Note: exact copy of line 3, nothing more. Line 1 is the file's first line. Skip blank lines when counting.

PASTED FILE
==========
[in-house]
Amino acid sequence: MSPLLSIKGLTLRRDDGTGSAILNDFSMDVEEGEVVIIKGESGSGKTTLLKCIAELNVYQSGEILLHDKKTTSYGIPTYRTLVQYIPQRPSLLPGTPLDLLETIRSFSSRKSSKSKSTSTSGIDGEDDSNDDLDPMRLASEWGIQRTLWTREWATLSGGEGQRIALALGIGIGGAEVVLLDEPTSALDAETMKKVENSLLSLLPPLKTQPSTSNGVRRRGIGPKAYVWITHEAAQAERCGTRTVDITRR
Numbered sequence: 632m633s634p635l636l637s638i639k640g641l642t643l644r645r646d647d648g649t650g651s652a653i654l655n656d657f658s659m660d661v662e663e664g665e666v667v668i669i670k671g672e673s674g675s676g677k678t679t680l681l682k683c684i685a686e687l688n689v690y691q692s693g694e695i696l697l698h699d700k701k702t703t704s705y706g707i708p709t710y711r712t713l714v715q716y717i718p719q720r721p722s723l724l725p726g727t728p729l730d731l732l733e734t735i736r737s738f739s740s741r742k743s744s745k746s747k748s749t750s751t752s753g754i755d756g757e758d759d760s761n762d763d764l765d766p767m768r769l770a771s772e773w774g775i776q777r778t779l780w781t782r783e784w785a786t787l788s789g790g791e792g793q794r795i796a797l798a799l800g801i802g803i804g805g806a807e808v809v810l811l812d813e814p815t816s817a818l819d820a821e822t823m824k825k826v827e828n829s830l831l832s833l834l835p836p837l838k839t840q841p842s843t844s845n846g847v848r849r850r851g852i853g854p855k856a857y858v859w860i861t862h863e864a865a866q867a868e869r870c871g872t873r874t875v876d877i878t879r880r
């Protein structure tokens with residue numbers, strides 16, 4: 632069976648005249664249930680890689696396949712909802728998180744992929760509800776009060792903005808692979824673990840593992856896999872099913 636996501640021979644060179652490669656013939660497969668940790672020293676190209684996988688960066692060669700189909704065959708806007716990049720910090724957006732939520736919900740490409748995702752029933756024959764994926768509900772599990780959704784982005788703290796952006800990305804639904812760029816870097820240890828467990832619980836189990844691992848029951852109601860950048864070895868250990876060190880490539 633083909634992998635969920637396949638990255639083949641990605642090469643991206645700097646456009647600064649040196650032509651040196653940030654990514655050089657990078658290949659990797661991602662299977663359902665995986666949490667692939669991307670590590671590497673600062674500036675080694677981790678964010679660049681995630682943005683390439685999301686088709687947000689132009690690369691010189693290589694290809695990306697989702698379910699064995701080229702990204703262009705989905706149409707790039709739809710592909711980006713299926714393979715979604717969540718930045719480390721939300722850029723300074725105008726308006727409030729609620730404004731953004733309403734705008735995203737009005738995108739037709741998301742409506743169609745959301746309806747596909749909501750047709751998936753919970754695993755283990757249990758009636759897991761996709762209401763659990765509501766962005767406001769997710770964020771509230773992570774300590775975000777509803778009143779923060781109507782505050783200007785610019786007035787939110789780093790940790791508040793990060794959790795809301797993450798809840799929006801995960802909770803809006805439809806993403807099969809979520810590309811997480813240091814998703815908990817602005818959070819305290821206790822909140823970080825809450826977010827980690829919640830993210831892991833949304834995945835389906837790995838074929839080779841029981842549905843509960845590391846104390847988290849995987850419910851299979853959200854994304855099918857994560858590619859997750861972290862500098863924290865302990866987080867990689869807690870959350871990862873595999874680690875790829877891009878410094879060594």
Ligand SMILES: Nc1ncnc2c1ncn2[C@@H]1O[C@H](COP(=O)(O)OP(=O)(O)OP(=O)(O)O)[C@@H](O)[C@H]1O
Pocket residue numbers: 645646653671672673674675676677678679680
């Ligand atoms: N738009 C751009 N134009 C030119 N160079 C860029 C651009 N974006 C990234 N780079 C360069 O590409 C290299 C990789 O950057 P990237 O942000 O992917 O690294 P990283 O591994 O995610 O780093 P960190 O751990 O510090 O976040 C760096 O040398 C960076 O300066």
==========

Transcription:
Numbered sequence: 632m633s634p635l636l637s638i639k640g641l642t643l644r645r646d647d648g649t650g651s652a653i654l655n656d657f658s659m660d661v662e663e664g665e666v667v668i669i670k671g672e673s674g675s676g677k678t679t680l681l682k683c684i685a686e687l688n689v690y691q692s693g694e695i696l697l698h699d700k701k702t703t704s705y706g707i708p709t710y711r712t713l714v715q716y717i718p719q720r721p722s723l724l725p726g727t728p729l730d731l732l733e734t735i736r737s738f739s740s741r742k743s744s745k746s747k748s749t750s751t752s753g754i755d756g757e758d759d760s761n762d763d764l765d766p767m768r769l770a771s772e773w774g775i776q777r778t779l780w781t782r783e784w785a786t787l788s789g790g791e792g793q794r795i796a797l798a799l800g801i802g803i804g805g806a807e808v809v810l811l812d813e814p815t816s817a818l819d820a821e822t823m824k825k826v827e828n829s830l831l832s833l834l835p836p837l838k839t840q841p842s843t844s845n846g847v848r849r850r851g852i853g854p855k856a857y858v859w860i861t862h863e864a865a866q867a868e869r870c871g872t873r874t875v876d877i878t879r880r